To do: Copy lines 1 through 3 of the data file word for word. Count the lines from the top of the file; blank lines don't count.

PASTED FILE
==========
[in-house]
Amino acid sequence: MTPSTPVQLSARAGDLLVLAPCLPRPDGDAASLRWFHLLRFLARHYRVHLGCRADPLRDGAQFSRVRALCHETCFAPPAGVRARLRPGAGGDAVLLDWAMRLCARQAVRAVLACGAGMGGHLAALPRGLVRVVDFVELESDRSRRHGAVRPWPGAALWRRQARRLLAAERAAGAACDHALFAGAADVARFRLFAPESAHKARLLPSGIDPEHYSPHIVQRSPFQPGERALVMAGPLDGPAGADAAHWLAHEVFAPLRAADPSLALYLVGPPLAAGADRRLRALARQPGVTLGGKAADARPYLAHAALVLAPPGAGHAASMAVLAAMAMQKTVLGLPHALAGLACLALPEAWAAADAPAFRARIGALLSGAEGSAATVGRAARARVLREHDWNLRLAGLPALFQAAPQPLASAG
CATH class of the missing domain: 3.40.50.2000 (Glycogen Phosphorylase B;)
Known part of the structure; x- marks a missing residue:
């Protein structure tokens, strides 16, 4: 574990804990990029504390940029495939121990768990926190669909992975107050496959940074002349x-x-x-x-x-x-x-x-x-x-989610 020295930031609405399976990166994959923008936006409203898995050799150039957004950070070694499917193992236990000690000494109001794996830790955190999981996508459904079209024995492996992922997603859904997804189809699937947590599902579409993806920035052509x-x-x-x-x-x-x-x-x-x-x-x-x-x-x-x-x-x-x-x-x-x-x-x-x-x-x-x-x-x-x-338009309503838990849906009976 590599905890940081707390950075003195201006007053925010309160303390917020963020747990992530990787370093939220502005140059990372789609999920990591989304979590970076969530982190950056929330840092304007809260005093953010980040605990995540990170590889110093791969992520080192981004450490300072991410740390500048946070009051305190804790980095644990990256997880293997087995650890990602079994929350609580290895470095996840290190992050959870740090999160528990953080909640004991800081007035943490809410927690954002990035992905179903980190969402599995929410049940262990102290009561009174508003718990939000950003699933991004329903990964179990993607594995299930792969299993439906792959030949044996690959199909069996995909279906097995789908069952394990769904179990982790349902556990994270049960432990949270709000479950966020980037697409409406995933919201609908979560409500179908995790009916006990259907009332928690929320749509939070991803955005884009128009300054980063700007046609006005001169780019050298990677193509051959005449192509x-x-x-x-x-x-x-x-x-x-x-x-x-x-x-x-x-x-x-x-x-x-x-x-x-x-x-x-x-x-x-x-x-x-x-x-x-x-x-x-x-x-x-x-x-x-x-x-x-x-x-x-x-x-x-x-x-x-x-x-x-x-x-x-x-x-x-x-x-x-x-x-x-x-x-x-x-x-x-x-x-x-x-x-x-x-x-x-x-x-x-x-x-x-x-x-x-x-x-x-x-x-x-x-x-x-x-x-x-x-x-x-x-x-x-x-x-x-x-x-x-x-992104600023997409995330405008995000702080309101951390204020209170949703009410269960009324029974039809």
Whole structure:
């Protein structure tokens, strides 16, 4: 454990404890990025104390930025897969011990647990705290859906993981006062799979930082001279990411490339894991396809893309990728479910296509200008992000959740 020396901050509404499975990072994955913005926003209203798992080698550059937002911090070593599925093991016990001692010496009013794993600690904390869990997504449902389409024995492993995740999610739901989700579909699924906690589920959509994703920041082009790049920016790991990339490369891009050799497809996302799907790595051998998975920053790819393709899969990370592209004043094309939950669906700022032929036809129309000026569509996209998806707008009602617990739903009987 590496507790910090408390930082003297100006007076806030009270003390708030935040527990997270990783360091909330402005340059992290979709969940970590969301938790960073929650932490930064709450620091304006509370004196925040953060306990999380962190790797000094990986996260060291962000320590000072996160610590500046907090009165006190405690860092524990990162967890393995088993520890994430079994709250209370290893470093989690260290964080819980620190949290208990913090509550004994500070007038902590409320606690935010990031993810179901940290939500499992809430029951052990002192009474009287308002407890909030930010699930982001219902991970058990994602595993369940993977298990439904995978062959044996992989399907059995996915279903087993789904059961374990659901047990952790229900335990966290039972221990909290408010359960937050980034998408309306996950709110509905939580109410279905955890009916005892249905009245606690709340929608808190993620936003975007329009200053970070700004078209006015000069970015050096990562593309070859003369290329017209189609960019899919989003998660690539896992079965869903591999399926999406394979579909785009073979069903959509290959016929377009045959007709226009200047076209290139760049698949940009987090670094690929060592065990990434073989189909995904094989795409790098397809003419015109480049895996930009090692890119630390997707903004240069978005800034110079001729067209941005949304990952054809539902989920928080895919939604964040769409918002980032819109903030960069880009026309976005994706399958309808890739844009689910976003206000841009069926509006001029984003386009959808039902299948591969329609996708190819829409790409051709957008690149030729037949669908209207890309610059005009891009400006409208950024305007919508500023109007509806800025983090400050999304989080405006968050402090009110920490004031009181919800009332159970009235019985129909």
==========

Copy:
[in-house]
Amino acid sequence: MTPSTPVQLSARAGDLLVLAPCLPRPDGDAASLRWFHLLRFLARHYRVHLGCRADPLRDGAQFSRVRALCHETCFAPPAGVRARLRPGAGGDAVLLDWAMRLCARQAVRAVLACGAGMGGHLAALPRGLVRVVDFVELESDRSRRHGAVRPWPGAALWRRQARRLLAAERAAGAACDHALFAGAADVARFRLFAPESAHKARLLPSGIDPEHYSPHIVQRSPFQPGERALVMAGPLDGPAGADAAHWLAHEVFAPLRAADPSLALYLVGPPLAAGADRRLRALARQPGVTLGGKAADARPYLAHAALVLAPPGAGHAASMAVLAAMAMQKTVLGLPHALAGLACLALPEAWAAADAPAFRARIGALLSGAEGSAATVGRAARARVLREHDWNLRLAGLPALFQAAPQPLASAG
CATH class of the missing domain: 3.40.50.2000 (Glycogen Phosphorylase B;)